American Horror Story: Asylum transcends the horror genre with an authentic unique tale of terror and dread.
The second season of American Horror Story is titled Asylum and addresses another well-known horror trope. But just like the first season it’s about much more than a haunted asylum full of madness. It starts out with many storylines, which can be a bit confusing, but in the end it all comes together in a very well-crafted and smart way.
We are taken back to the sixties, where asylums didn’t have a good reputation. But if you think the asylum is bad and dangerous, there’s also a serial killer on the loose, a psychiatrist who wants to cure a lesbian, a mad scientist who performs gruesome experiments, aliens who abduct people, demonic possession and catholicism going extreme. It sounds like an odd mix, but is anything but and turns out to be a brilliant masterpiece of horror.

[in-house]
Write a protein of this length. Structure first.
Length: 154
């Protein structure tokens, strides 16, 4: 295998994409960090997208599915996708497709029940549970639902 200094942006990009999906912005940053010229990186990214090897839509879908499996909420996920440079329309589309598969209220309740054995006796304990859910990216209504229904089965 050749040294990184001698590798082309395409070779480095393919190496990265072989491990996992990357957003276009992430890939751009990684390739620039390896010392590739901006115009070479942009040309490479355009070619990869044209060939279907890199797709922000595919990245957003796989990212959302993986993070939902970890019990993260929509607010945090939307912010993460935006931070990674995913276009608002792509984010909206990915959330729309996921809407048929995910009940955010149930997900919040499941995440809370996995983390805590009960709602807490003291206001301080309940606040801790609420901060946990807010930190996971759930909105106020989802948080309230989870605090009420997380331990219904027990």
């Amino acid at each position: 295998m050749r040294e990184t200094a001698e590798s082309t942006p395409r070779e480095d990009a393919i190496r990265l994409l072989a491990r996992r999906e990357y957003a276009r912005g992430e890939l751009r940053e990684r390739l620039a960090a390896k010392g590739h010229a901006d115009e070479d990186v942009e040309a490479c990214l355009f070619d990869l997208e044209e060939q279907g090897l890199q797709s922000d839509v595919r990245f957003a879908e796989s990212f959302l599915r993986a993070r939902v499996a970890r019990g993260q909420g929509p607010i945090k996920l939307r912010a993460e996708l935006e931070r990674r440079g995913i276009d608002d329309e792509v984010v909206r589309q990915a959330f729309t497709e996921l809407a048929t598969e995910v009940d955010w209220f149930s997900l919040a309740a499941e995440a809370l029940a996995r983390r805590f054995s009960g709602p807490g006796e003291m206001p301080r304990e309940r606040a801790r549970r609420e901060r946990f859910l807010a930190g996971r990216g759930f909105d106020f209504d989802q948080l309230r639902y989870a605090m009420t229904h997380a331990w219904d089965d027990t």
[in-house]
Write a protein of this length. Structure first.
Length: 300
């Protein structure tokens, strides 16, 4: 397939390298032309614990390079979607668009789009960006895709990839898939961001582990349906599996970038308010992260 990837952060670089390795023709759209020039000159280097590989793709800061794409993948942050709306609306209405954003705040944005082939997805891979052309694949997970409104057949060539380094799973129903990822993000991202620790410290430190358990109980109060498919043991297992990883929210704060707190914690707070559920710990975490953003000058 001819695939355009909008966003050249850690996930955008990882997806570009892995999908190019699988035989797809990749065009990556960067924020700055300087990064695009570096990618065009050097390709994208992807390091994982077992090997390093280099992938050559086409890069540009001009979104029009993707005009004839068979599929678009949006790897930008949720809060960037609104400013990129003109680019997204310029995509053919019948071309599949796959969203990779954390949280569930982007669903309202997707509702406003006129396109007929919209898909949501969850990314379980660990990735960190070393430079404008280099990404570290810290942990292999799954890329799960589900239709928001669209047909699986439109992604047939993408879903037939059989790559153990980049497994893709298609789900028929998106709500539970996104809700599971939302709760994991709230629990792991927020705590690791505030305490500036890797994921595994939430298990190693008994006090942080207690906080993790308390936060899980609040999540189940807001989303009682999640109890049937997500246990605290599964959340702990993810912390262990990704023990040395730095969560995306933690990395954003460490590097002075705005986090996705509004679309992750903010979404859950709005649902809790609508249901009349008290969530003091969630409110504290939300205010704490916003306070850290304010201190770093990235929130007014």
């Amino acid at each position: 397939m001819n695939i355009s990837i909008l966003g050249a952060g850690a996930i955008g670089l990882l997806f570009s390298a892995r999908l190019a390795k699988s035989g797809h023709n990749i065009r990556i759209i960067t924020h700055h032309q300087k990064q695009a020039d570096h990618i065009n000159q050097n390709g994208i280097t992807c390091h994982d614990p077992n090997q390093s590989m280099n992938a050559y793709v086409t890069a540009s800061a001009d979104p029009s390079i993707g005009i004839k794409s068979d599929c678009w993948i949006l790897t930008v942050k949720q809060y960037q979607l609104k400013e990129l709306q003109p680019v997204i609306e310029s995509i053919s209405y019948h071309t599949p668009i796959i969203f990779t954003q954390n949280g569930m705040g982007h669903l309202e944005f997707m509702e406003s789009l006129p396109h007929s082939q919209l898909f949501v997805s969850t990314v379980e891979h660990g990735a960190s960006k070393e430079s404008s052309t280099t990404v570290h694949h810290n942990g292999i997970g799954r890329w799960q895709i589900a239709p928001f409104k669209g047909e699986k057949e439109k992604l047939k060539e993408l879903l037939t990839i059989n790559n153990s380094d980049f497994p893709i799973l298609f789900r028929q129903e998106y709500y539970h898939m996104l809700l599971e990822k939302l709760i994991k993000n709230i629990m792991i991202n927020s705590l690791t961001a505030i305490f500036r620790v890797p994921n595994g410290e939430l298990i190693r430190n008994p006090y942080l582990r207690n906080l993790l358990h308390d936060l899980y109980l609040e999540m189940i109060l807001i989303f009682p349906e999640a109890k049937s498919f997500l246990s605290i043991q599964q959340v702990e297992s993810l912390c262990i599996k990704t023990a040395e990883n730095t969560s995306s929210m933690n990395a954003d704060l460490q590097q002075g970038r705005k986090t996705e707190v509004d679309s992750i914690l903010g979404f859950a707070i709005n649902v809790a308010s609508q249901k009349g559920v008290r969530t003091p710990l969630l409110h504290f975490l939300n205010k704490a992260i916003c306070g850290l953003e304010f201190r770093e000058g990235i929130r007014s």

This second season consists of 13 episodes with each a duration of 39-63 minutes. It has a big story arc with multiple themes and different storylines that all comes together to create an enthralling and compelling story full of all sorts of horror.
It’s 1962 when Kit Walker and Alma are happily married. But he is white and she is black and such a marriage wasn’t accepted yet. They endure a lot of harassment, but when one night a bright light shines on their house, Alma is abducted. Meanwhile a serial killer, Bloody Face roams the town and Kit is being accused of the murder of his wife and other women.
Kit is transported to an asylum Briarcliff after he was declared insane. There, Monsignor Timothy Howard and Sister Jude are in charge and rule with firm hand, while Dr Arthur Arden can secretly perform his experiments on the patients which he started in the war for the nazi’s.